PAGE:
Beware Category D Write Offs

Thousands of cars which have been written off by insurance companies are finding their way back on to the second hand market every year – and it is all legal. They can save buyers hundreds – if not thousands – of pounds, but experts warn that they can also be a source of trouble down the line.

Write-offs which reappear in this way are known as Category D cars under a voluntary code of practice signed by various organisations, including insurance companies, salvage and repair agencies and the police. The agreement puts accident-damaged cars into one of four categories. Category D is for the most lightly damaged cars, or those which were stolen and recovered after the owner had been paid by the insurance company.

The official description of a Category D car is one that has suffered accident damage that would cost less to repair than its value. But why would an insurer write off a perfectly repairable car? Ironically, according to experts, the insurance company cuts its losses this way.

Imagine that a car worth £5,000 is lightly damaged in a minor accident. The insurer may have to pay to have it towed to an approved repairer and stored. It will have to send out an assessor to inspect the damage, and may have to cover the owner’s costs for a hire car. There could also be personal injury expenses.

If the airbags have gone off, replacing them can easily add £2,000 to the repair bill, and features such as seat-belt tensioners or parking sensors will increase it further. With insurers able to claim up to 65 per cent of the car’s value from salvage companies, they can often be in pocket by writing the car off and allowing an independent garage with lower overheads to repair it.

Feds To Investigate Tesla Model S Fire After All

Feds To Investigate Tesla Model S Fire After All (via Gas 2.0)

Remember when Elon Musk said there would “definitely” not be any recall on the Tesla Model S despite a trio of high-profile fires? Well the all-electric automaker is now under investigation by the NHTSA, and the Federal agency has flat-out denied…

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Acura NSX Gets Two Turbos, Three Electric Motors

Acura NSX Gets Two Turbos, Three Electric Motors (via Gas 2.0)

Though the suits have repeatedly said that the all-new Acura NSX would get a hybrid drivetrain mounted to a mid-mounted V6 engine, details on the drivetrain were notably scarce. But with its Tokyo Auto Show debut finally here, Acura has finally divulged…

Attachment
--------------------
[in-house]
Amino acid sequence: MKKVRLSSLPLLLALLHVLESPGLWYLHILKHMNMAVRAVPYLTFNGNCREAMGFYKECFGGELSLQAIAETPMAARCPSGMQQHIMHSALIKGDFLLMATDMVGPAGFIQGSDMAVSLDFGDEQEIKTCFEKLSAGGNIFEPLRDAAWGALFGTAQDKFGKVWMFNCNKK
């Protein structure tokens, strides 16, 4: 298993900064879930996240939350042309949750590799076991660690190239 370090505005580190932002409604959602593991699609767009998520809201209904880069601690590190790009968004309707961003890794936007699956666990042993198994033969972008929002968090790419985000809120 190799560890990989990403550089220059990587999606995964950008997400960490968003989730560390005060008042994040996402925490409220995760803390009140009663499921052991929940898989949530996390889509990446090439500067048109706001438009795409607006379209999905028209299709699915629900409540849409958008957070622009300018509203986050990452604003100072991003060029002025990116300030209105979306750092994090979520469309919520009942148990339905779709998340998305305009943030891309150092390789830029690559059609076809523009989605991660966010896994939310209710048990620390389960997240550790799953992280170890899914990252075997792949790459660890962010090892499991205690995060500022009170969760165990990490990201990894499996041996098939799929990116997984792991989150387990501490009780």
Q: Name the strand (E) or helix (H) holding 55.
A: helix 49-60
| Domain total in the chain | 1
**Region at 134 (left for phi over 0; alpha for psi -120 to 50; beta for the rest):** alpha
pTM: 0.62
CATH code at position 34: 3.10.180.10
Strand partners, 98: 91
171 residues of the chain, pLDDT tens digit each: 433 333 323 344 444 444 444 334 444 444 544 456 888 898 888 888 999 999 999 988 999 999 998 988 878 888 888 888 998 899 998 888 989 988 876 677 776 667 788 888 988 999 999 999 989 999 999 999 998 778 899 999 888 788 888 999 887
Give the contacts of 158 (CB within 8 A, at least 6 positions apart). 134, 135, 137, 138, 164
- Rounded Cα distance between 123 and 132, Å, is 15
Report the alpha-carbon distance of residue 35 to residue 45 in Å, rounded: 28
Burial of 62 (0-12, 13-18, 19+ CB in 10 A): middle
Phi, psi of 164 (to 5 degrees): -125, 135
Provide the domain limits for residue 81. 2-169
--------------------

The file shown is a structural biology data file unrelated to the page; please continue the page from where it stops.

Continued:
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Nissan’s new Concept Cars

Nissan have unveiled two concept cars at the Tokyo Motor Show.  Nissan say the IDx Freeflow and IDx Nismo were created by a new approach to product development that offer a new take on authenticity.

The Freeflow is described as “casual/lifestyle focused vision” and the IDx Nismo is a “ultra sporty model of the future”.

Both cars are designed to appeal to what Nissan call “digital natives”, young people born after 1990 that have grown up the internet and mobile phones.

The IDx Freeflow has a Chevy Camero like front end and a strange roof line that may have been driven in the Wacky Races.Nissan-IDx-Freeflow Nissan

Porsche Macan unveiled

The Porsche Macan has made its debut at the Los Angeles Motor Show.  It is a compact SUV and will be a rival for the Range Rover Evoque and Jaguar’s new SUV.  The Macan is available to order now and prices start at £43,300.

All models come with PDK double clutch transmission and four wheel drive as standard.  The entry level model, Macan S, has a twin turbo, 3 litre V6 petrol engine and gives a 0-62mph of 5.4 seconds.

We’re trying to work out why a four wheel drive will need to be able to go from 0-62 in less than 6 seconds as it seems rather pointless if you are in a situation where four wheel drive is required.  What do you think?